My daughter attended her first day of kindergarten today. A poignant milestone dressed up in an exceptionally cute plaid jumper.
My wife and I thought we were pretty cool with it. Our daughter had attended preschool, after all, so this wasn’t a major logistical change. She was excited as we dropped her off, said goodbye with a smile over her shoulder, then back to drawing in her new notebook.
We still thought we were cool with it after we signed up for PTA at the courtyard table. We ran into the local rabbi. My wife is pastor at a Lutheran church in town and they cross paths regularly. The rabbi’s third child was starting kindergarten. He’s an old hand at this.
We only realized we might not really be so cool with it after we had stood talking with him, kept talking, kept standing and the rabbi finally said, “You know, she’s in her class. You’re allowed to leave now.”
So we left. I was happy all day knowing she was in this great, free, local school here in South Florida where we live. But after dropping her off and walking a couple blocks to my office, I then worked on education issues for children in Haiti.
Joy is always accompanied by a shadow if you see the world realistically, even more so if you’re personally engaged for justice with people who struggle in hard circumstances.
Our seven elementary schools in Haiti, with 1,100 girls and boys, open in the weeks ahead. I’m happy for them and all the children in Haiti starting school soon, but approximately 1 million school-aged children don’t get to attend. Haiti wants to be able to educate its own children, and parents are willing to sacrifice, but the resources are too scarce. Today that is Joy’s dark, way-too-big shadow.
My daughter had a great day: “I love kindergarten! I love my teacher!”
Now at the end of the day, she’s here curled up next to me reading an Olivia book. It makes typing more awkward, but sweeter. Now I’m thinking back on the day, about talking with the rabbi, about the schools in Haiti, about the lack of schools. I’m thinking about parents I’ve known in Haiti whose children couldn’t go to school.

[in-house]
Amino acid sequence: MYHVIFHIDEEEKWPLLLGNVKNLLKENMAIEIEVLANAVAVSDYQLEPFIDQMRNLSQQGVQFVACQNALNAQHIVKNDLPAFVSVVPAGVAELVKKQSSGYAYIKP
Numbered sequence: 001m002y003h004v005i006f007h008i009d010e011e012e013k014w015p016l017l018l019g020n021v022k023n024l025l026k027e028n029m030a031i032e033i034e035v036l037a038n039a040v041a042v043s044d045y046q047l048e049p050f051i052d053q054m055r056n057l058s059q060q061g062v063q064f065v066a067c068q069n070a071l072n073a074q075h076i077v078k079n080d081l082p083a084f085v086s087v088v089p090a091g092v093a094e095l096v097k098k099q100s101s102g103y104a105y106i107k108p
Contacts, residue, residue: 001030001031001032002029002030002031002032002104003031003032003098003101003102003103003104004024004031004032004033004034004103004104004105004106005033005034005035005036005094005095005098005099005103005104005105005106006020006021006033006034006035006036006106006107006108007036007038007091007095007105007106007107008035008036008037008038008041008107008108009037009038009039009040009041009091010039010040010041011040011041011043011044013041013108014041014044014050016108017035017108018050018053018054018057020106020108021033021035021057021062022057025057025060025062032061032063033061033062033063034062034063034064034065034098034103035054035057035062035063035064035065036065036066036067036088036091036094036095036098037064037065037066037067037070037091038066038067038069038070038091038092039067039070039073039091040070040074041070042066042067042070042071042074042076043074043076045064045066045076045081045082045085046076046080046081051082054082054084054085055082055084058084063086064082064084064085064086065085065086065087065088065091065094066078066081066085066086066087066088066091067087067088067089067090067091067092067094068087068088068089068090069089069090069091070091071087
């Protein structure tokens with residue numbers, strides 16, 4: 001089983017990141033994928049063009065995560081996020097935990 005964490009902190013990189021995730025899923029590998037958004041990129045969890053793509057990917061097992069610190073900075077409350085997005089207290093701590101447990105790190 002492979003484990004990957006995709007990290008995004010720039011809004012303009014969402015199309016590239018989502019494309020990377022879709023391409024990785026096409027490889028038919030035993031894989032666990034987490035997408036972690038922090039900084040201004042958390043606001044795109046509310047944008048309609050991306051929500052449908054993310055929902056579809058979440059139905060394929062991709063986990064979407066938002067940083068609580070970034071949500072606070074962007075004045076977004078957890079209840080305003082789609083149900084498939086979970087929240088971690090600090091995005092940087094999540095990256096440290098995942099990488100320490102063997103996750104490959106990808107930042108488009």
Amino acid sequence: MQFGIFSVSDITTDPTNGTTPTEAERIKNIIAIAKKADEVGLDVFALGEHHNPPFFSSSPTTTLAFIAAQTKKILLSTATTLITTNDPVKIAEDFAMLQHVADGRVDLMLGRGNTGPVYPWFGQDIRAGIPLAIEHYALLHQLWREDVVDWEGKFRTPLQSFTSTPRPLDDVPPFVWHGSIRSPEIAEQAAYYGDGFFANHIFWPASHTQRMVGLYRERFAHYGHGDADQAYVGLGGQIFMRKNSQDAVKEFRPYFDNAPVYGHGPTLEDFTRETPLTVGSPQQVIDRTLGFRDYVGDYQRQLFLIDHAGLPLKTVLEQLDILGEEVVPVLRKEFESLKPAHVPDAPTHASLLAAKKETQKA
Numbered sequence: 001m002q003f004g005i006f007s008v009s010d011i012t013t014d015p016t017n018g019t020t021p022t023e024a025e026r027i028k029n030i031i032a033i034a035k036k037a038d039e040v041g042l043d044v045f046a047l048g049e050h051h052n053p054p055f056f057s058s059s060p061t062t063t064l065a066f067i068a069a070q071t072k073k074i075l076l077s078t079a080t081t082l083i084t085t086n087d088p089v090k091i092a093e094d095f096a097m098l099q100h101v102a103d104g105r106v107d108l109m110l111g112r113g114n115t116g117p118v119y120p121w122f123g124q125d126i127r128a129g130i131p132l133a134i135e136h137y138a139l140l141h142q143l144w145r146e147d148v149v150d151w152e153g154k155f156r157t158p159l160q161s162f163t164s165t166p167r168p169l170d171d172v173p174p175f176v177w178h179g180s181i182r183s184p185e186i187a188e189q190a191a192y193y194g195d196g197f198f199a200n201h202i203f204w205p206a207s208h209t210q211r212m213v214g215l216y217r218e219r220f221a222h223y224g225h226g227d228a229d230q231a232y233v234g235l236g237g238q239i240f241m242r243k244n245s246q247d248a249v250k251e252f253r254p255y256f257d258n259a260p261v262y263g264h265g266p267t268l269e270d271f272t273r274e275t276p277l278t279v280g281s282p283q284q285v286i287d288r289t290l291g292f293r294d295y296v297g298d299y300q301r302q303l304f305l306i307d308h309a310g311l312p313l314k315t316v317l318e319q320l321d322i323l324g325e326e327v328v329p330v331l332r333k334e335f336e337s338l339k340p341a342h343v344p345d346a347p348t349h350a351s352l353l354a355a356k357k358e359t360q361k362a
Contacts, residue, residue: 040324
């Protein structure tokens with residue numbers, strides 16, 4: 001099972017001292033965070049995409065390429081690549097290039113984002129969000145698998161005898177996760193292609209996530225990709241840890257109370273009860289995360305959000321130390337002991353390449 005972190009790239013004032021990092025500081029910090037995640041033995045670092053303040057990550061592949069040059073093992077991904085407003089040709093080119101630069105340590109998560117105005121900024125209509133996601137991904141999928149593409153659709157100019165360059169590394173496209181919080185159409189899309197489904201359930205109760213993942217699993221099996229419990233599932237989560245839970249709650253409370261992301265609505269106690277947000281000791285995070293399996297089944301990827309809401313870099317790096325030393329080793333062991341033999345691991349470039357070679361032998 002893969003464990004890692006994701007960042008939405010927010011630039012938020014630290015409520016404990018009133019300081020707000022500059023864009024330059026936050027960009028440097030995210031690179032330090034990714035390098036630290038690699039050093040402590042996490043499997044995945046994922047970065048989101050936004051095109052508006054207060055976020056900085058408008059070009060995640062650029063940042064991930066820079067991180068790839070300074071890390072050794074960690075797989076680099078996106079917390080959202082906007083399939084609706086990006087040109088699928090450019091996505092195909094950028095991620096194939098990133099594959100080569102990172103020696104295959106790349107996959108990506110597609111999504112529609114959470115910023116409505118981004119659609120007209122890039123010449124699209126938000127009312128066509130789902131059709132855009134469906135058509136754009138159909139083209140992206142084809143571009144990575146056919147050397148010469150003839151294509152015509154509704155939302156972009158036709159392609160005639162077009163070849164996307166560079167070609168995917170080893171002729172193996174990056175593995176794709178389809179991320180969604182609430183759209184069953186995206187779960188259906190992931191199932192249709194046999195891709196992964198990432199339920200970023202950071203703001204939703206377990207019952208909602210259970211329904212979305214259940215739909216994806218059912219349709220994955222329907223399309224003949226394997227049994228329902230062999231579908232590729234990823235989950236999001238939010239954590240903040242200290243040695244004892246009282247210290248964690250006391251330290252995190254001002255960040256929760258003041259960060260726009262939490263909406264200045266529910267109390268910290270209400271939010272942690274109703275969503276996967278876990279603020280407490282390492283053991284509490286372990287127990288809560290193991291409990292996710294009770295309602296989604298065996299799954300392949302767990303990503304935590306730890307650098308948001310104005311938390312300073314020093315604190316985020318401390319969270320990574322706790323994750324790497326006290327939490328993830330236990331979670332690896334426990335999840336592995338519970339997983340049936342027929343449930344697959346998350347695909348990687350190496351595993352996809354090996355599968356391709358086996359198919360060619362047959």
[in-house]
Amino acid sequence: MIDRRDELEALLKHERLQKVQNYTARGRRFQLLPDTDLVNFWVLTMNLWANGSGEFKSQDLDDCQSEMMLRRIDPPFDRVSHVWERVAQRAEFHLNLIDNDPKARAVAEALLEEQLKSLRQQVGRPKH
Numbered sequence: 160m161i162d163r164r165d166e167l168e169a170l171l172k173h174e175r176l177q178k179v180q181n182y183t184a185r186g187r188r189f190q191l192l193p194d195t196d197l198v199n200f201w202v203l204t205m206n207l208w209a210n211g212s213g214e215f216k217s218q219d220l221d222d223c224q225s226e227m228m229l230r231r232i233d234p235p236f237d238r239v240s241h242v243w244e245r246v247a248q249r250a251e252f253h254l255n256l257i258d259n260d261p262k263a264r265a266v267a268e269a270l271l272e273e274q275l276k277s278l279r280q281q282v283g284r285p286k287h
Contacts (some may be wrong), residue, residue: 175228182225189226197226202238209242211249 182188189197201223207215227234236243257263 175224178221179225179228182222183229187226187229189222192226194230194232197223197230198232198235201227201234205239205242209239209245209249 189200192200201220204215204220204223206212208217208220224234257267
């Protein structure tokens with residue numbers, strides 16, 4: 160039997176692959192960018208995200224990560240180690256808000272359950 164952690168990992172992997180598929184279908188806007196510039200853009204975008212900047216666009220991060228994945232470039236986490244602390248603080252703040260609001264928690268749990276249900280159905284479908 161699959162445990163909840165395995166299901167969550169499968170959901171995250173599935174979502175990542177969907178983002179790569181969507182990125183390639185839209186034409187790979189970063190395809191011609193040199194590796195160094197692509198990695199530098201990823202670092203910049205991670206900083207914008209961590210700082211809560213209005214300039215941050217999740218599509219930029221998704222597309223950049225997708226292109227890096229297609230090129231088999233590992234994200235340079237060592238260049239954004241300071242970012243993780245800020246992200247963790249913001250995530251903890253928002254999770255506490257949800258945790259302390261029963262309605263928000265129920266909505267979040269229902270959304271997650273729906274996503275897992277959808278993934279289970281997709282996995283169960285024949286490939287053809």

The last months in the U.S. have been marked by discouraging, contentious disagreement. But today I find some hope that amidst dissension on politics, economics, theology and a thousand different things, there are issues like this that are an incredible opportunity for unity: Every child in the world should have access to good primary education.
I’m not going to break into hymn or a John Lennon ballad. After more than eight years working in Haiti, what excites me is real, gritty, day-by-day, hard-fought partnership and progress.
So we shouldn’t just endorse the ideal. That’s meaninglessly easy. More of us should be investing in education, not just for our own children, but for tens of millions of children in countries like Haiti where their potential isn’t being nurtured.
Tonight, on this fun, hope-filled first day of school, I can’t think of a better way to make joy’s shadow shrink a little and make way for more light.
Also on Huffington Post.